Another great Benton performance of a movie title song was his version of
Burt Bacharach & Hal David's "A House Is Not A Home," from the Hollywood
film adaptation of the story of madame Polly Adler and her years running a
brothel. Those more familiar with Dionne Warwick's later version will be
pleasantly surprised by Brook's take on Bacharach. Track this one down; it'll
be worth the effort.
By the end of 1964 the taste of the masses had shifted as America began
its long love affair with all things British. Homegrown rock 'n' roll and soul
artists suddenly found themselves tossed out with yesterday's trash. Brook
Benton was no exception, and a new regime at Mercury did not renew his
contract.
There is a saying in the record business: "There's always RCA." The label
was known for its habit of taking on acts whose careers had already
peaked. RCA Victor was also known for paying too much for acts who were
past their commercial prime.
Thus, Clyde and Brook found a home at RCA Victor in 1965, where they
managed to eke out one midlevel chart record, "Mother Nature, Father
Time." In other words, they took the money and ran.
By 1967 Brook was at Reprise, where all involved hoped that house
producer Jimmy Bowen might be able to work some of the same magic he'd
worked on Frank Sinatra ("Strangers In The Night") and Dean Martin
("Everybody Loves Somebody"). Alas, what looked good on paper failed to
excite either disc jockeys or fans.
Just when things were looking darkest for our hero, along came Atlantic
Records with an offer to bring Brook into their fold. Atlantic was hot in
1968, with a constant flow of soul hits by Aretha Franklin, Wilson Pickett,
and Solomon Burke, not to mention the company's successful distribution of
the Stax/Volt combine, whose output included Otis Redding, Sam & Dave,
and Booker T. & The MG's.
Atlantic placed Brook on their new Cotillion subsidiary, and some of the
company's top producers, Leiber & Stoller and Arif Mardin, took their best
shots. The results brought Brook back to radio playlists, but, except for mild
chart action with a revival of Toussaint McCall's "Nothing Takes The Place
Of You," nothing caught the public's fancy.
In mid-1969 Atlantic honcho Jerry Wexler had become enamored with the
sound of another deep-voiced Southerner, Tony Joe White. Like Benton,
White was a talented songwriter, but, unlike Brook, he was signed to Fred
Foster's Monument Records and was therefore not available to Atlantic.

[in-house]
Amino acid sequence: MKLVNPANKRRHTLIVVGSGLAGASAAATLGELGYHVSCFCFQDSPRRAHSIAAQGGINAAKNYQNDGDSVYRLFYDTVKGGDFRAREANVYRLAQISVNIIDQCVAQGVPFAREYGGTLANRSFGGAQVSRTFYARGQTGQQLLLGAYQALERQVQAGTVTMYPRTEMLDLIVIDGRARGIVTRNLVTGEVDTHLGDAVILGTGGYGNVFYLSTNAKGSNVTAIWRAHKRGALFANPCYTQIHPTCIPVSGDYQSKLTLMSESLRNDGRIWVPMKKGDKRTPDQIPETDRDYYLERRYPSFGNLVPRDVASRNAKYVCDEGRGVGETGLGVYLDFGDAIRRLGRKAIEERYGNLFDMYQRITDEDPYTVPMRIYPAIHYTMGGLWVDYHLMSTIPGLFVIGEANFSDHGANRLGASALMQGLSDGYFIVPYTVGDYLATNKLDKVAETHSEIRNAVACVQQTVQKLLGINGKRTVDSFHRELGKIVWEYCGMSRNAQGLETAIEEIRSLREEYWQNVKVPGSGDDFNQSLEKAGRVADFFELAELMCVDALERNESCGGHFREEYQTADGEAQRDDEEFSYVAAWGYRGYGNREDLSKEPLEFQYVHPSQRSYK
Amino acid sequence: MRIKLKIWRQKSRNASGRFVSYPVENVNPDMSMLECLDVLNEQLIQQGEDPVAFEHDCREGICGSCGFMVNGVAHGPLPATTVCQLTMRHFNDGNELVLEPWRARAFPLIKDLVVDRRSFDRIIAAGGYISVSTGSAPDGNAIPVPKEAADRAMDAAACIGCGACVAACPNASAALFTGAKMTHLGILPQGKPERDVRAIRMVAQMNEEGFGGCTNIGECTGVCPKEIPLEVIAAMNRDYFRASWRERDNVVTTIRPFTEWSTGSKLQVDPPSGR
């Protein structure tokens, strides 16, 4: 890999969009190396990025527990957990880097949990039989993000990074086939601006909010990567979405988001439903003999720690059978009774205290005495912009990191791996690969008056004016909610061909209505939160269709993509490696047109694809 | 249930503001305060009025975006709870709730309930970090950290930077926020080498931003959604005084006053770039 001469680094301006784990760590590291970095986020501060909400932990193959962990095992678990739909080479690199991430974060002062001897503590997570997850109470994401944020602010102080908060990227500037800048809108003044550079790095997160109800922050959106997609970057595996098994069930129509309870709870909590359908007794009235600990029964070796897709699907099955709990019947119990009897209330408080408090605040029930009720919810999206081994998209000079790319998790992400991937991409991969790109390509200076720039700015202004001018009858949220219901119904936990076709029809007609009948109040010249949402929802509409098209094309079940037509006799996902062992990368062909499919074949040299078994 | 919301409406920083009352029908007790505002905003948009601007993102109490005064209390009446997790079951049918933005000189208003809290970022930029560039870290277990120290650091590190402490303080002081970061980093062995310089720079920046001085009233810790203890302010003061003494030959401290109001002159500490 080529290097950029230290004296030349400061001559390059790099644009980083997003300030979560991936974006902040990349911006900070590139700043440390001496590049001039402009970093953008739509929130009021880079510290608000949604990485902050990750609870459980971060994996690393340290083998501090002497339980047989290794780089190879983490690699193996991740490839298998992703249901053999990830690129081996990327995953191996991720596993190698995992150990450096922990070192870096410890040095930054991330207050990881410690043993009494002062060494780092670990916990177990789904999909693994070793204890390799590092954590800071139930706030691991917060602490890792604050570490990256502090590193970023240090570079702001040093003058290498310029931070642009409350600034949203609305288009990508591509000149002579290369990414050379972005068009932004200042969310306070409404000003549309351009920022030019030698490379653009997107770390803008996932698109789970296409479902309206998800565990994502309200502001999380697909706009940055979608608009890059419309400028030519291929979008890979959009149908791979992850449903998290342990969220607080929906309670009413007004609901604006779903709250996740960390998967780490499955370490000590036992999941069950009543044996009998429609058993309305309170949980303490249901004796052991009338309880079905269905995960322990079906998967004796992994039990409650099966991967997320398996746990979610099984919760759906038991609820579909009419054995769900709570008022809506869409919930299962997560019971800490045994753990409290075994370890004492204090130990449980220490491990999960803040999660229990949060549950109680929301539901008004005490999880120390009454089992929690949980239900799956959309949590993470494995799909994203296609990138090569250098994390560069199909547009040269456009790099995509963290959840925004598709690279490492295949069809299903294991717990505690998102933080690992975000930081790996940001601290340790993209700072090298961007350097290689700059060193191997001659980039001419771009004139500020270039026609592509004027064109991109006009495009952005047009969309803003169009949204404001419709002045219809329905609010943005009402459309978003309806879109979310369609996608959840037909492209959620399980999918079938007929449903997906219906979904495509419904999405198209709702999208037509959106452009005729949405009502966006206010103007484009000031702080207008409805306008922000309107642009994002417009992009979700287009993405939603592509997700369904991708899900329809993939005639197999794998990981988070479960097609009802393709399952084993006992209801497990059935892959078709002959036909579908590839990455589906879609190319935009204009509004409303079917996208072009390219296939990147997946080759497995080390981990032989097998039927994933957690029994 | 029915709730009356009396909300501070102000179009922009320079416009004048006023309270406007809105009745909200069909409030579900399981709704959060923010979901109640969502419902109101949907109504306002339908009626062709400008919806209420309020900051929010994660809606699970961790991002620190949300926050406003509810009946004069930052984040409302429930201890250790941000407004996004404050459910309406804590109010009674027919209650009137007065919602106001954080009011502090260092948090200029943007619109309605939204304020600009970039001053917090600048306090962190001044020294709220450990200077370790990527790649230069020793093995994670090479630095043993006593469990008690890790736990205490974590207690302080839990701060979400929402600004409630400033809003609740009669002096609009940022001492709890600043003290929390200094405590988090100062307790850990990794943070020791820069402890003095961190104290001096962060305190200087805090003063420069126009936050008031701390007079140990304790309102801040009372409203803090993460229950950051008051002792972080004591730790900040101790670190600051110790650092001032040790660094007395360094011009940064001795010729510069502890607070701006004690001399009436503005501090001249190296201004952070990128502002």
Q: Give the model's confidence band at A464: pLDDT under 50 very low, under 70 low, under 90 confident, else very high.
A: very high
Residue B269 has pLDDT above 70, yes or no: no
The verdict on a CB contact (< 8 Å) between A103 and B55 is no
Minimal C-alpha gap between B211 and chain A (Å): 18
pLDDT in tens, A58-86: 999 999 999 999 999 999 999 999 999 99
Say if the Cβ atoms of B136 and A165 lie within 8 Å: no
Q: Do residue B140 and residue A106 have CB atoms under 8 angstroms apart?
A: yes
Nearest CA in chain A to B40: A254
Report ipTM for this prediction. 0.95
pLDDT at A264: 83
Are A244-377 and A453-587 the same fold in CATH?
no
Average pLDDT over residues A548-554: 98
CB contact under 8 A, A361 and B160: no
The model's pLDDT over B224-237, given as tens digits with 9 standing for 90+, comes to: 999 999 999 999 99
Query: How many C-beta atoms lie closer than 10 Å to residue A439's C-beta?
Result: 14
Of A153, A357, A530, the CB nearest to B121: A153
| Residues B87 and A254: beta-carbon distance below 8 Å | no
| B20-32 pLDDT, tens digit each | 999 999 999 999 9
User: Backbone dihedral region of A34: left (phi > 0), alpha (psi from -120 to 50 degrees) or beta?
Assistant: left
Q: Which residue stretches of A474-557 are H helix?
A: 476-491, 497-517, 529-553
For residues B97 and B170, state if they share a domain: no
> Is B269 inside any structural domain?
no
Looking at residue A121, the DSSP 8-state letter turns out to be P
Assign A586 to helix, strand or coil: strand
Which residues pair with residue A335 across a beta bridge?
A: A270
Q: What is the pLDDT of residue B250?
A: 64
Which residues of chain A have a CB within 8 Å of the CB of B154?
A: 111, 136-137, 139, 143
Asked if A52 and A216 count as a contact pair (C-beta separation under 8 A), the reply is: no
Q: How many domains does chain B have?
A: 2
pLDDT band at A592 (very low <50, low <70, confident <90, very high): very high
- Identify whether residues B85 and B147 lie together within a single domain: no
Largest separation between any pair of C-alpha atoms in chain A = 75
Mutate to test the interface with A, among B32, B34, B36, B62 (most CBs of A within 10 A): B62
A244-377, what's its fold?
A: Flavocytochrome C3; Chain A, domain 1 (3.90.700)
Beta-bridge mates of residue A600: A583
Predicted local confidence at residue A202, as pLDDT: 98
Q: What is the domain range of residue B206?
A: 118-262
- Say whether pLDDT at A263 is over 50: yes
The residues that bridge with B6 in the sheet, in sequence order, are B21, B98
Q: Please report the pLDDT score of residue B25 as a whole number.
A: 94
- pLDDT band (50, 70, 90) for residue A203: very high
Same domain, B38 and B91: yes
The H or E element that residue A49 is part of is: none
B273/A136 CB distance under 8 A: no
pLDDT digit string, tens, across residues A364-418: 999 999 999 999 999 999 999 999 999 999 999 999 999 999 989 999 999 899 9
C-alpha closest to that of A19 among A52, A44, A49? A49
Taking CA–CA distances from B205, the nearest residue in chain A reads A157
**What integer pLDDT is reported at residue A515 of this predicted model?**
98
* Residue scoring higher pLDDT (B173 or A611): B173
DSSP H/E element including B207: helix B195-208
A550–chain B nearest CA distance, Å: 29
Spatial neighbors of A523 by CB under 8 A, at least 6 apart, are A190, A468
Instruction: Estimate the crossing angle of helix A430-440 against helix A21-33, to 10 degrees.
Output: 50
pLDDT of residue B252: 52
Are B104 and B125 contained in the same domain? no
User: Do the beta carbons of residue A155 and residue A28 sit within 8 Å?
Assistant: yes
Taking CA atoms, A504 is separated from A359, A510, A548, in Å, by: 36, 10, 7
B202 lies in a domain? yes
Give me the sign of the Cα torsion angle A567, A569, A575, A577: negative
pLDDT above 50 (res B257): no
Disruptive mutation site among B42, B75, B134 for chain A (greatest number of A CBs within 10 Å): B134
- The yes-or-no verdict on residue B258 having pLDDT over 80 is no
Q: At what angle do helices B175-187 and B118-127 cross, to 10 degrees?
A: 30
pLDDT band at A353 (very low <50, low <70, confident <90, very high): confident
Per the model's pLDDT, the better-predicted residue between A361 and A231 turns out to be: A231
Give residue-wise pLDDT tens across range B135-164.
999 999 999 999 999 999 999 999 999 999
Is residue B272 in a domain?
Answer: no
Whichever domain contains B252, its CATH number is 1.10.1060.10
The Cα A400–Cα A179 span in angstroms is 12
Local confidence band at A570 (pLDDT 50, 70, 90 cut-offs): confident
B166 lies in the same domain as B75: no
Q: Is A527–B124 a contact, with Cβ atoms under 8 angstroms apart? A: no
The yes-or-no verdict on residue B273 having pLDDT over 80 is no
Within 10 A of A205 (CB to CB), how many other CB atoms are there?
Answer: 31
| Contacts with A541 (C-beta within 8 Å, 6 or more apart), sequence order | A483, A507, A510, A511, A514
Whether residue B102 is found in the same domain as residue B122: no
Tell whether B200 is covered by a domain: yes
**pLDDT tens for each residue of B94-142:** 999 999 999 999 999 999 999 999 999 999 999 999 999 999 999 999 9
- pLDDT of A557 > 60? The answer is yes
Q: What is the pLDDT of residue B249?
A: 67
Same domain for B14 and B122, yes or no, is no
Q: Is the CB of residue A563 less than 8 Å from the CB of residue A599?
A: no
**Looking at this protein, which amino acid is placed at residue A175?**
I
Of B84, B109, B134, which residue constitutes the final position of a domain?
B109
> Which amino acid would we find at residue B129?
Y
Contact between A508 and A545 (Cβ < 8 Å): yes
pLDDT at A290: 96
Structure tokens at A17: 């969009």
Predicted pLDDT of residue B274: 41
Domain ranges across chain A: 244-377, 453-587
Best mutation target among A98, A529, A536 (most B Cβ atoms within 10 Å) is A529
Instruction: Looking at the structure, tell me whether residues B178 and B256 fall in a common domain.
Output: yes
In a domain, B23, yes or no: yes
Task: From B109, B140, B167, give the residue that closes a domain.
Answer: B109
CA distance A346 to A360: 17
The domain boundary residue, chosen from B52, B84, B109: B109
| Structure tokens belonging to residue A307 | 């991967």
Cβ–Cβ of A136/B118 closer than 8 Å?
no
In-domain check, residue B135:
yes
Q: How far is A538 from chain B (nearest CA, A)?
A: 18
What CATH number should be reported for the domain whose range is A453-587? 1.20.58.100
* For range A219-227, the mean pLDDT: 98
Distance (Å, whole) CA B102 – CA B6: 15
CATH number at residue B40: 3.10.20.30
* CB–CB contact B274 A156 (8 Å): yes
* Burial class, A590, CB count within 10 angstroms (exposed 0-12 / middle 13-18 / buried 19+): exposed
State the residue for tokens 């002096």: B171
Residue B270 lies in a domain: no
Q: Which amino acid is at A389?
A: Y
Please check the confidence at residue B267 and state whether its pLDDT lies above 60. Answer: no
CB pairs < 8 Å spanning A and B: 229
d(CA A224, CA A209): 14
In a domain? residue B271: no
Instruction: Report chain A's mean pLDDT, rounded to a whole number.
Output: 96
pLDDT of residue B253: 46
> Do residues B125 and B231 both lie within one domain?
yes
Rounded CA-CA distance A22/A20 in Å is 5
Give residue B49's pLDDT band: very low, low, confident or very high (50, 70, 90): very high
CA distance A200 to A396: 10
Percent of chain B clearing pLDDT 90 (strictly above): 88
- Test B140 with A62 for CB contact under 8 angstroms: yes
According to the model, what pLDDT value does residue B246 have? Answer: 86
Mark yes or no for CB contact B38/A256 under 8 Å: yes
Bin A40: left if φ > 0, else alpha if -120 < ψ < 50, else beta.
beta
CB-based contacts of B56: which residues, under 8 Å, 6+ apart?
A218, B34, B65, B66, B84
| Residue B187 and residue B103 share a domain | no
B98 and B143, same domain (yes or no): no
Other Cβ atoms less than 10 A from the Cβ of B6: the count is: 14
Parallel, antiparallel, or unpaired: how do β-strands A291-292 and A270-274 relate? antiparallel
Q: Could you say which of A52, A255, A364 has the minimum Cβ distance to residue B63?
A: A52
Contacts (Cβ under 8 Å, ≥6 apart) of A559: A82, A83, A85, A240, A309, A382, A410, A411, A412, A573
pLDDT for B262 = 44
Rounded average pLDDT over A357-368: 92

Wexler did the next best thing: he dispatched Arif Mardin to his favorite
studio of the period, Miami's Criteria, to record Brook with Wexler's
then-favorite house band, The Dixie Flyers, on one of Tony Joe White's best
songs, "Rainy Night In Georgia."
Lightning struck in the studio during the session. From Charlie Freeman's
magical opening guitar lick to the shimmering background chords preparing
the way for Brook's rumbling bass on the first words, "Hovering by my
suitcase, tryin' to find a warm place to spend the night," the listener is
hooked. The story, and Brook's warm telling of it, are perfection. The singer
expresses all the lonely longing Tony Joe must have felt when he put those
words on paper: "Feels like it's rainin' all over the world."
In the early months of 1970, Brook Benton and "Rainy Night In Georgia" hit a
home run, rising to the very top of the R&B chart and #4 pop, despite a
marketplace closed to just about anything not psychedelic.
As so often occurs in the music business, it was impossible for Brook to
repeat a success of such magnitude. Possibly fearing to pigeonhole himself,
he declined to cut a second Tony Joe White ballad, but, instead, covered
Frank Sinatra's signature song, "My Way." When this didn't work, he
released a song by another Southerner, guitarist Joe South, "Don't It Make
You Want To Go Home." Both were mild charters, thanks more to
Atlantic's powerful promotional machine than to any commercial merit the
sides may have possessed.
Brook Benton's last chart success was with Atlantic. From there, he found
himself involved in increasingly humble recording affiliations, such as All
Platinum and Olde World. He continued to perform where he could, but the
times had passed him by, and the audience for his style of singing
diminished. He died on April 9, 1988, at the age of 56 of complications from
spinal meningitis.
Today Brook Benton's voice is far too seldom heard on the airwaves, but his
songs live on in versions by artists such as Don Williams and Glen Campbell.
Not long ago, I coproduced a version of Brook's tune "A Lover's Question"
by Lou Rawls and Phoebe Snow for Blue Note. You could still hear traces of
Brook in Lou's beautiful low notes.
Billy Vera